I believe the intent of the author is purely entertainment and commercial (which is okay) and this is no study of human nature. I enjoyed the ride, I mean the read, and look forward to the final book, which is Michio Kaku’s “The Future of Humanity”, a futuristic look at man’s future with the current developments in science and technology, for example, robotics, nanotechnology and biotechnology. I wonder if he will include the threat of pandemics in his projections.

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The Power of Right Believing: reflection 7

rightPart 7: Finding rest in the Father’s love

Now at last I have come to the last part of the book. It’s rare that I finish a book. Making a public promise gives me that little push to complete it. So I am glad to announce this Good Friday: “It is finished – the reading of this book of course.”

Chapter 19: Receive the Father’s love for you

This chapter has interesting insights into the parable of the Prodigal Son or some say the Waiting Father. JP does a good job of showing that this is all about the waiting father’s prodigal lavish love and grace to both of his sons. The first son was accepted even though his motive for returning home was suspect with self-interest, and his mentality is one of works – “Let me try to earn my keep by working for you like one of your hired servants”. The second son, also had that same works mentality: “I have slaved for you all these years and you never gave me what I deserved, but this son who never deserved anything, has a barbecued fatted calf!” Both sons showed the flawed but common approach to Christian life of many Christians.

Joseph Prince himself personally does confess and admit his wrong to God (310) but it is done as one already forgiven, as one secure and deeply loved: “Do I say “sorry” to God and confess my sins when I have fallen short and failed? Of course I do. But I do it not to be forgiven because I know that I am already forgiven through Jesus’ finished work. The confession is out of the overflow of my heart because I have experienced his goodness and grace and because I know that as His son, I am forever righteous through Jesus’ blood. It springs from being righteousness-conscious, not sin-conscious; from being forgiveness-conscious, not judgement-conscious. There is a massive difference.” An earlier quote (308,309) shows the belief he finds harmful: “Some people think that fellowship with God can only be restored when you are perfectly contrite and have perfectly confessed all your sins. They think that you must apologize to God before He can be appeased. Please understand that I have nothing against saying “sorry” to God or confessing our sins. All I am saying is that we are not as important as we make ourselves out to be. The father was the initiator. Before the son even had thoughts of returning home, the father had already missed him, was already looking out for him, and had already forgiven him. Before the son could utter a single word of his rehearsed apology, the gather had already run to him, embraced him, and welcomed him home.” I thought it good to quote extensively here, as there has been some controversy and confusion about JP’s statements about confessing sins that are often not accurate reflections of his understanding. Hope this clarifies and settles some dust from your eyes.

Chapter 20: Be transformed by the Father’s love

The focus in this chapter is our propensity to try to earn the Lord’s love and favour. JP demonstrates that both sons had that mentality. Believers therefore need to come to a place of believing and receiving God’s love and let it transform them. All his love and spiritual resources and blessings are already ours not because of our perfect performance but His perfect finished work. And when we learn to receive God’s love, we will be empowered to live free from the pig sty life that the prodigal son would never think of going back to after experiencing the love of the father.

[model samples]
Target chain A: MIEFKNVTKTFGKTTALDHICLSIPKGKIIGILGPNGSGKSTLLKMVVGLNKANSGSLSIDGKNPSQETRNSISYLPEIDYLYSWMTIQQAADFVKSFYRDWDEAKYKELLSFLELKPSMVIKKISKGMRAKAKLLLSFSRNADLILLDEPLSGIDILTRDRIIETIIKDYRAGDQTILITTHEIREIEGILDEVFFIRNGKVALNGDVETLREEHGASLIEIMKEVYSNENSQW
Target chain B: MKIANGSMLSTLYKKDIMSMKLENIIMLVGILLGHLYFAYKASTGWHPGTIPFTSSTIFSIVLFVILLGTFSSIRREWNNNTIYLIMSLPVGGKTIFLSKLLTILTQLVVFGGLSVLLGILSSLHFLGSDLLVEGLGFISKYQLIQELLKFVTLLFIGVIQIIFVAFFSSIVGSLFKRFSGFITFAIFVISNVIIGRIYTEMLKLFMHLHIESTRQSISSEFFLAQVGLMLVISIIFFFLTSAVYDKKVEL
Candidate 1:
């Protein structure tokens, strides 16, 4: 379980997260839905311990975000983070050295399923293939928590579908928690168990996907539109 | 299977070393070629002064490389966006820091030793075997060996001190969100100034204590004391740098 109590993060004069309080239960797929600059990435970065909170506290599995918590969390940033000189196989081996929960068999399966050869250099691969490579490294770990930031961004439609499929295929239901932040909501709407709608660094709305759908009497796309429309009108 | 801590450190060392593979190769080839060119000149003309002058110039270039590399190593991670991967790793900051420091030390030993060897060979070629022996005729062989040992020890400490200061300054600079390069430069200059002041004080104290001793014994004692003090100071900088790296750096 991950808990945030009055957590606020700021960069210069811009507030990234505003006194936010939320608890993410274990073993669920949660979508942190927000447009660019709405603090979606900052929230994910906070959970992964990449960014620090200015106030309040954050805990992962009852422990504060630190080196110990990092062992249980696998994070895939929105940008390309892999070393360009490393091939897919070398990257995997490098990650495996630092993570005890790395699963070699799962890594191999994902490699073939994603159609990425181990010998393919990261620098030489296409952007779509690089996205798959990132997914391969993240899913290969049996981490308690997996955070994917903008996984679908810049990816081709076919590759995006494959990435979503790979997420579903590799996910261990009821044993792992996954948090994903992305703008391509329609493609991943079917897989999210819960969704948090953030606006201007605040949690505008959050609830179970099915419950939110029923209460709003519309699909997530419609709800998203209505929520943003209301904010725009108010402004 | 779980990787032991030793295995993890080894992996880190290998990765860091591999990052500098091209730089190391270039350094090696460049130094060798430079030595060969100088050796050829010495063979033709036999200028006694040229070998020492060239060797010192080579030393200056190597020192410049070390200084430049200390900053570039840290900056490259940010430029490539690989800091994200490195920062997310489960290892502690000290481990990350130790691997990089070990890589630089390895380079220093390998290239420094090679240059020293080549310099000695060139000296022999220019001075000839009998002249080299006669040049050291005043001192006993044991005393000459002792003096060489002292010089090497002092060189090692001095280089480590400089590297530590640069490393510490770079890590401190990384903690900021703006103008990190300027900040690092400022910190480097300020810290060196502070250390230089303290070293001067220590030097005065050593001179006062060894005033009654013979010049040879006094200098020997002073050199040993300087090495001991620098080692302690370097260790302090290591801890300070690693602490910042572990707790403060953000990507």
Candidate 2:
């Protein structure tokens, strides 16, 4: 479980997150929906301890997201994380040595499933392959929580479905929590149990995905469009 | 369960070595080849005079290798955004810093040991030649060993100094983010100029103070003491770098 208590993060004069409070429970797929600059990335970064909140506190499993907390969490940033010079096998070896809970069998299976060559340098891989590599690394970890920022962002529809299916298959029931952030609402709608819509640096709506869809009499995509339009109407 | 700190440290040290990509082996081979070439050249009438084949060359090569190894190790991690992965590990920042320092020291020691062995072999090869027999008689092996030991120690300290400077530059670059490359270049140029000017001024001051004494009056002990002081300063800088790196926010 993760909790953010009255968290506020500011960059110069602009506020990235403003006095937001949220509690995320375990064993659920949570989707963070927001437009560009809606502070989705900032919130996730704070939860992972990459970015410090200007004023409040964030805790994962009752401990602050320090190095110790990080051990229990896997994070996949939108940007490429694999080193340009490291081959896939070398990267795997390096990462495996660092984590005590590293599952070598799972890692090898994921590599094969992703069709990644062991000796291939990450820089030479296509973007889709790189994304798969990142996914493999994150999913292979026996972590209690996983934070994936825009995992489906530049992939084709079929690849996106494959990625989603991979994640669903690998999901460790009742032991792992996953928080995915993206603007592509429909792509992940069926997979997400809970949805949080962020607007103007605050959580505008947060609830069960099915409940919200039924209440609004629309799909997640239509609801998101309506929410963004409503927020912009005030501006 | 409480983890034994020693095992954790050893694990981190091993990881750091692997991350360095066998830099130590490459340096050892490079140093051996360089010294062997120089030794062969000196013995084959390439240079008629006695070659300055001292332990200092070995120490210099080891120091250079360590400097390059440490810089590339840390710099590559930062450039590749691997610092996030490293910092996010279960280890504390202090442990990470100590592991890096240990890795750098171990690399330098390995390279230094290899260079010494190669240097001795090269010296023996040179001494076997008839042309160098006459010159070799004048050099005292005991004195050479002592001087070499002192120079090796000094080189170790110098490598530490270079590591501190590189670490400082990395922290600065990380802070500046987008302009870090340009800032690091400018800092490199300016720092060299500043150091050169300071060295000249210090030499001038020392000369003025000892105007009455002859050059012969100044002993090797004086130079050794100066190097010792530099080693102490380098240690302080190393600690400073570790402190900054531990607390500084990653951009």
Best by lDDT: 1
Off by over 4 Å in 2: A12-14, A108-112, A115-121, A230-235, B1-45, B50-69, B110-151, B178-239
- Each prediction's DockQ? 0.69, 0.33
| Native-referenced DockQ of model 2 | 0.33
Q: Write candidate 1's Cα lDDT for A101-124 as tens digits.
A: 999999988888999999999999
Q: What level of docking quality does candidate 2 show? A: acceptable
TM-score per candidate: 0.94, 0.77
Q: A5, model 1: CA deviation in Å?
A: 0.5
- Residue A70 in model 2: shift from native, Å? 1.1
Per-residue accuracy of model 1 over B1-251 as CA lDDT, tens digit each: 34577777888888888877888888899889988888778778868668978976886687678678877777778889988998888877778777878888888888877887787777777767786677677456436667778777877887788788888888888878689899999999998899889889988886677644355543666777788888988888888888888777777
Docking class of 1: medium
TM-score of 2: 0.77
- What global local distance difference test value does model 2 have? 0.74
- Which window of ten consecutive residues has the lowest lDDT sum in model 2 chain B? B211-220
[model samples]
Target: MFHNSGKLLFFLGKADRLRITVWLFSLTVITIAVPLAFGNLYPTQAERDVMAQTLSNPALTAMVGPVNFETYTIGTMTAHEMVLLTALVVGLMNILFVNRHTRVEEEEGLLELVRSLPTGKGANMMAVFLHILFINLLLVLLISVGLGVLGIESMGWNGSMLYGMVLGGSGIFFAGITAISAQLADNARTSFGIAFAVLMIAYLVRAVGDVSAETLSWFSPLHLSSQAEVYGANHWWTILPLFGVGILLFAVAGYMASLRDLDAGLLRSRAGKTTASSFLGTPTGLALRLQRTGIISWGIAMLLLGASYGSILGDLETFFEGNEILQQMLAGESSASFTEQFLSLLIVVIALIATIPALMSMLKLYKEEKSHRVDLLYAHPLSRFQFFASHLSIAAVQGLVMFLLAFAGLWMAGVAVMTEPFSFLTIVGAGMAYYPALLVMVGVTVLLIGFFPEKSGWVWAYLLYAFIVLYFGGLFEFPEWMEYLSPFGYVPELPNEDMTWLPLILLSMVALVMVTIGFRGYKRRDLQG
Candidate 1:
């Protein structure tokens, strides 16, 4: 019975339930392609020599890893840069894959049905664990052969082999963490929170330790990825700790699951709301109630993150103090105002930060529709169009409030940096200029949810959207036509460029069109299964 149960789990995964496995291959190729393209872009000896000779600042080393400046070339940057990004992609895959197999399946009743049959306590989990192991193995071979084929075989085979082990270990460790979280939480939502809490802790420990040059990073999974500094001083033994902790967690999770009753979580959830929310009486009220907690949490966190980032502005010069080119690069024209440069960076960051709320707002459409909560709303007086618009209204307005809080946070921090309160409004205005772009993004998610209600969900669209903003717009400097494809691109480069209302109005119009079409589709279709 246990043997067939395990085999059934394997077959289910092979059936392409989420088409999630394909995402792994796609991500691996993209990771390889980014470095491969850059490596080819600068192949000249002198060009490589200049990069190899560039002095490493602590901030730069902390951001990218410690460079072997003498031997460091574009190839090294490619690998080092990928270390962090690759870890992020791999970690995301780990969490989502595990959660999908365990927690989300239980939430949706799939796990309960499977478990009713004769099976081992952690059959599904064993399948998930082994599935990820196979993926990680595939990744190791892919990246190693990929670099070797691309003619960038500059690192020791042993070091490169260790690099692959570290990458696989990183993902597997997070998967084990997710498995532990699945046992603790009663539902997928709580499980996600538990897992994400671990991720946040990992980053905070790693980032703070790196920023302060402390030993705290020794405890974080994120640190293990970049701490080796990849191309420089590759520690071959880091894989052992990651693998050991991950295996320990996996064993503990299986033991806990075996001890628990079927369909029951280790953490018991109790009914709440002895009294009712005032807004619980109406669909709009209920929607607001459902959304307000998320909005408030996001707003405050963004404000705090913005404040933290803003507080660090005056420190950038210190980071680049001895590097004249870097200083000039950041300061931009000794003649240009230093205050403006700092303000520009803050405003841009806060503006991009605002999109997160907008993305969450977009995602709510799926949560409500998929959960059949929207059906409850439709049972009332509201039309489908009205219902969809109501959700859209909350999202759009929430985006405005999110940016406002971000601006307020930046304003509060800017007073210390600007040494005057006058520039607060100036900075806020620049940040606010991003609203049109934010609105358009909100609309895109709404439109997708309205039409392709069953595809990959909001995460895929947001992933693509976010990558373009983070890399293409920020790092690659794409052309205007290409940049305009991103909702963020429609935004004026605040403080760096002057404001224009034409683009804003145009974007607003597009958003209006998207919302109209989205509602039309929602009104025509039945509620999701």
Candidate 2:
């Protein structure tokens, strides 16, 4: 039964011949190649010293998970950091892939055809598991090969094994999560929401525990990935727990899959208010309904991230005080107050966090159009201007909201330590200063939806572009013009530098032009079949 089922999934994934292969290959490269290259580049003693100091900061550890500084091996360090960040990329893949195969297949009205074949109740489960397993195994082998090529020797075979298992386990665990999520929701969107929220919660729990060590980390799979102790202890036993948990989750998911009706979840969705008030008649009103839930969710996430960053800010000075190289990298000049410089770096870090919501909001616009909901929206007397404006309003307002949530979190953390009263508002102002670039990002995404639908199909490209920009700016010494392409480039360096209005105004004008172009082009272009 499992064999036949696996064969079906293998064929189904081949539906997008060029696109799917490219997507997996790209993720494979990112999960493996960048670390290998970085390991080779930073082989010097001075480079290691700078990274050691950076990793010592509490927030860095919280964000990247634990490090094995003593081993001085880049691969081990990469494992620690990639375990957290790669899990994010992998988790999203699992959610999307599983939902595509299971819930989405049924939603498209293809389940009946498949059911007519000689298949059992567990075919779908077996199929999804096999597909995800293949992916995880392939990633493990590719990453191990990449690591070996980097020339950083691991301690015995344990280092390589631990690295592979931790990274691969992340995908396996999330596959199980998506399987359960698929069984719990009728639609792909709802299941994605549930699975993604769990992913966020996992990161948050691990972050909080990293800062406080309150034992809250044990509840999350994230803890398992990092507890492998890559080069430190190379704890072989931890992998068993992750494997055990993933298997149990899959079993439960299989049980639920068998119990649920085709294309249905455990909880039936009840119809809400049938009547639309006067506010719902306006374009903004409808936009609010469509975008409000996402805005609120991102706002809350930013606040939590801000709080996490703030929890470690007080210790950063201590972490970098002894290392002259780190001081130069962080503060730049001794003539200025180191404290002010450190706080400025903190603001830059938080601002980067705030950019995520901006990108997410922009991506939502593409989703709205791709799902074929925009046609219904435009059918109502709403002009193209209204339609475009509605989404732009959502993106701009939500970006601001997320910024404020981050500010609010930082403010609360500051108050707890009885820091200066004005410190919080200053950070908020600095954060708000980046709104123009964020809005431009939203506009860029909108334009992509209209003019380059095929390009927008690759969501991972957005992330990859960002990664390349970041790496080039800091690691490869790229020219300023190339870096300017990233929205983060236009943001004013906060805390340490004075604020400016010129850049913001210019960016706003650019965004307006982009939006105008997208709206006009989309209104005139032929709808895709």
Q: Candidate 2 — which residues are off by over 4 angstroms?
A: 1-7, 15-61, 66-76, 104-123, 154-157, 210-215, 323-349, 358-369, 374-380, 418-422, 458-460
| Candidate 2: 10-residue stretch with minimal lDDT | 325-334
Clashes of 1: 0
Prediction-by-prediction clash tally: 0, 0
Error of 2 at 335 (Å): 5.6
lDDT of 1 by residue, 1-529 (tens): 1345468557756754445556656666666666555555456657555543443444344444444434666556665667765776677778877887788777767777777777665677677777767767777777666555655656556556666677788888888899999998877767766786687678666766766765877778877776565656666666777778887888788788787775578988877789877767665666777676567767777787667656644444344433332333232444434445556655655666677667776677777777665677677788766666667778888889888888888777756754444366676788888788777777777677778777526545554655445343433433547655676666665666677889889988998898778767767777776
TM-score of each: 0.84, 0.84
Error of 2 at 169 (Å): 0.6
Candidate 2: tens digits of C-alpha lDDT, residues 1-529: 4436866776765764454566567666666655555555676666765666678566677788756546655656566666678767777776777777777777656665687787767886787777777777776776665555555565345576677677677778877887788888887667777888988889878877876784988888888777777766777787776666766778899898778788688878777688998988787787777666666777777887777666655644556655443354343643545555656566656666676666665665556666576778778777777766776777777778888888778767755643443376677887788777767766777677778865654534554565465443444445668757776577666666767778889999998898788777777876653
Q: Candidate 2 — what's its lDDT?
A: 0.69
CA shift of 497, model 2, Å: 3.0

Chapter 21: Finding rest in the Father’s love

The best way to sum up this last chapter is to quote a “simple but critical truth”, one that you should memorize “even if you forget everything else you have read in this book”. Here it goes: “As a child of God, no matter what happens in your life, your Father in heaven loves you dearly and nothing you do can ever change that.” Believing this will free you from the performance trap; give you power to overcome mistakes, failures and sins in your life; triumph over temptation; and make you unshakeable.

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The Power of Right Believing by Joseph Prince: reflection 6


The central idea in this part is all about having hope: a confident expectation of good from God because He is gracious. It’s about what is hope, why it is important, how to have it, and bible examples of this truth in action.


Joseph Prince used the famous battle that Jehoshaphat fought against enemies that formed an unholy alliance against God’s people (2 Chronicles 20). It demonstrated how hope comes, and how it works magic in impossible situations that God’s people finds themselves in. Inspiring chapter.


The story of Jabez’s prayer and God’s answer to him (1 Chronicles 4:9) was the basis of encouraging us to unashamedly ask big when we approach God in prayer. He tells the inspiring story of Olivia Lum, the entrepreneur who founded Hyflux, Singapore’s first water management company to be listed in the SGX.


Joseph Prince reminds us of the thesis of this book. There is power in right believing. And the secret to right believing is right listening. He demonstrates this principle by showing how listening to the stories of Jesus healing power raised the faith of the woman who had been bleeding for 12 years (Mark 5).

Well, I am surprised that I have actually come to this point. This is the second last part of the book. Most books remain unfinished on my book shelf. I am easily distracted when it comes to ideas. I move from one idea and interest to another quickly. You could say it was my earlier pledge to readers that has brought me to this point. Now I can see the finish line.

The insights in these chapters does not grab you like gems in the earlier chapters. But the stories are inspiring. I love the Olivia Lum story. Wonderful stuff. This part is an easy lap. It energises, it inspires. It is not rocket science. Hope is strengthened when we keep our eyes on Jesus and his love for us. God wants to bless us and we can have a confident expectation of good because of His unchanging love.